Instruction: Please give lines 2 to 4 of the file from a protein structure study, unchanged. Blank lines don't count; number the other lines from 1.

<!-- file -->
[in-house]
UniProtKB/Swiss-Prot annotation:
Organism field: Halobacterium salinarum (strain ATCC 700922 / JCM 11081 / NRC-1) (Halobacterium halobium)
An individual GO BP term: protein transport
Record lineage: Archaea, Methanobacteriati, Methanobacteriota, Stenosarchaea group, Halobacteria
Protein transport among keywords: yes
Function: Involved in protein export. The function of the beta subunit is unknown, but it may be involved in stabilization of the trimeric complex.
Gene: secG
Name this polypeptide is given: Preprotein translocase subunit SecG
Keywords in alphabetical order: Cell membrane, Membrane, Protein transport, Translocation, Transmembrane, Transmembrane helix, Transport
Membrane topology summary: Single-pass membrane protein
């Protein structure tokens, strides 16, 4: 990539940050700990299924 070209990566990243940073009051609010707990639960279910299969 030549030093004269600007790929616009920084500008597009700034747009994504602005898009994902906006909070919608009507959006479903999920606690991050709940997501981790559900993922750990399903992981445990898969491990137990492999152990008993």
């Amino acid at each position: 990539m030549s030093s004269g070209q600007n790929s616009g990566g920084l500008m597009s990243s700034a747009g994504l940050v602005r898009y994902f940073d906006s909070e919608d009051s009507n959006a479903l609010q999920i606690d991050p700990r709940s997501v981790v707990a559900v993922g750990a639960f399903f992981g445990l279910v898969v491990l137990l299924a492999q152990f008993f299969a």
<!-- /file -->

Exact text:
UniProtKB/Swiss-Prot annotation:
Organism field: Halobacterium salinarum (strain ATCC 700922 / JCM 11081 / NRC-1) (Halobacterium halobium)
An individual GO BP term: protein transport